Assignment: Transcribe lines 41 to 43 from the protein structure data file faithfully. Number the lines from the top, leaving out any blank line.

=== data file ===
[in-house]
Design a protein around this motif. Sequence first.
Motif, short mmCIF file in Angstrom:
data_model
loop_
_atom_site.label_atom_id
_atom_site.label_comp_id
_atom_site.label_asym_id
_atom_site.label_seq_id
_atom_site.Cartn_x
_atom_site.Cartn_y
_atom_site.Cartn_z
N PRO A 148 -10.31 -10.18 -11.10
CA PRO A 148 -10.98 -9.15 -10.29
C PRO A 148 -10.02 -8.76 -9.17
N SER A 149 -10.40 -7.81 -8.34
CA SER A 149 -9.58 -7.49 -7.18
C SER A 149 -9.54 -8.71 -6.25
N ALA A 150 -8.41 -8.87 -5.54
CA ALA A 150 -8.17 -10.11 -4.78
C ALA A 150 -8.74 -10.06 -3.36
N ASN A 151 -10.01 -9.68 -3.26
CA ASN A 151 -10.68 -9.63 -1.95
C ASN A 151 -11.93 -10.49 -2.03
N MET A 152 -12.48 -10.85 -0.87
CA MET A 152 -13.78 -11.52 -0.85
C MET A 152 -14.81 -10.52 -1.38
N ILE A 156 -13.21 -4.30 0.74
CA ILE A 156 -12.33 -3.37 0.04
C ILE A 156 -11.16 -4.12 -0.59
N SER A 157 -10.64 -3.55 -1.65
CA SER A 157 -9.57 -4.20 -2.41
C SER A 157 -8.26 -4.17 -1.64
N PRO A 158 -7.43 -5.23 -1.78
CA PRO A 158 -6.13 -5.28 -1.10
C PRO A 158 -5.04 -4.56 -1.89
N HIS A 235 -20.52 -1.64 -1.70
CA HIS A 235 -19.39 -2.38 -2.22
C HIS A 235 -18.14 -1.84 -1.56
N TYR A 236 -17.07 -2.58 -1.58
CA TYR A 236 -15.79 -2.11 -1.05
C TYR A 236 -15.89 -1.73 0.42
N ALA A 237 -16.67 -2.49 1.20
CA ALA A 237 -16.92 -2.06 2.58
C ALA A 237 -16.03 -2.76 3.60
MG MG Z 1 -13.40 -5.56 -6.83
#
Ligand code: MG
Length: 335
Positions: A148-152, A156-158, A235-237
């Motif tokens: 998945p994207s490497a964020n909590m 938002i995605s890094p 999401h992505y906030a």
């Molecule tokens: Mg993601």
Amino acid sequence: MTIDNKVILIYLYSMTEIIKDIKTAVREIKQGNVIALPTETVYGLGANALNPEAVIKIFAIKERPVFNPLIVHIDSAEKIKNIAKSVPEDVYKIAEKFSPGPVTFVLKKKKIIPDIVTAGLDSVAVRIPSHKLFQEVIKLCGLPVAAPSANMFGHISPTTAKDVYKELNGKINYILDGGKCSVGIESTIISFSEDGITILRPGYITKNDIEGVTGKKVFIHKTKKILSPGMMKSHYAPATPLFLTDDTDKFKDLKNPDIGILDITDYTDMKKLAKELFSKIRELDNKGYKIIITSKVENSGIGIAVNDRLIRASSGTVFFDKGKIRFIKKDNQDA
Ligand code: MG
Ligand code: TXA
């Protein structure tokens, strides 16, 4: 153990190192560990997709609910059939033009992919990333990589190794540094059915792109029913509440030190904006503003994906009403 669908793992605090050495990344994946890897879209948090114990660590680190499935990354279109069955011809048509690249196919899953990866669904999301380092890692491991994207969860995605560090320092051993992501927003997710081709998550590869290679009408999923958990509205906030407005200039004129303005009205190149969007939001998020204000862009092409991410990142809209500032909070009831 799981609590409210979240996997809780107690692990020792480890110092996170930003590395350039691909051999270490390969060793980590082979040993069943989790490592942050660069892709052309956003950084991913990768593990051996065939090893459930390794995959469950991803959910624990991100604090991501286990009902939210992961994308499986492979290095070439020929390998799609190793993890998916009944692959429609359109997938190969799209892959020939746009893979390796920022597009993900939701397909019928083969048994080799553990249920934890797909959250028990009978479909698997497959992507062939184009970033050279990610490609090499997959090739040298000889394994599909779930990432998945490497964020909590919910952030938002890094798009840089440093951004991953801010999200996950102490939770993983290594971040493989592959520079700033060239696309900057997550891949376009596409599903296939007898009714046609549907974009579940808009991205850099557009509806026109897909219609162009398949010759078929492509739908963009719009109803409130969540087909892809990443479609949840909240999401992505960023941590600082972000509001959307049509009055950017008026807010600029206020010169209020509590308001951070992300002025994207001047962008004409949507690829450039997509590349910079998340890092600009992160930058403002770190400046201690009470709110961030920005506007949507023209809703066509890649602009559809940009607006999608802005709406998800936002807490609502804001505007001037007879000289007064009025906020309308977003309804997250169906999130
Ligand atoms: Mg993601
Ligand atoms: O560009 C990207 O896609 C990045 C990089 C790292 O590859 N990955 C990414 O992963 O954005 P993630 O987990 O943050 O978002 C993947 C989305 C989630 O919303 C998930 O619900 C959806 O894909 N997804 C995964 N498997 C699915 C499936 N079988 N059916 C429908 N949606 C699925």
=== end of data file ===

CA TYR A 236 -15.79 -2.11 -1.05
C TYR A 236 -15.89 -1.73 0.42
N ALA A 237 -16.67 -2.49 1.20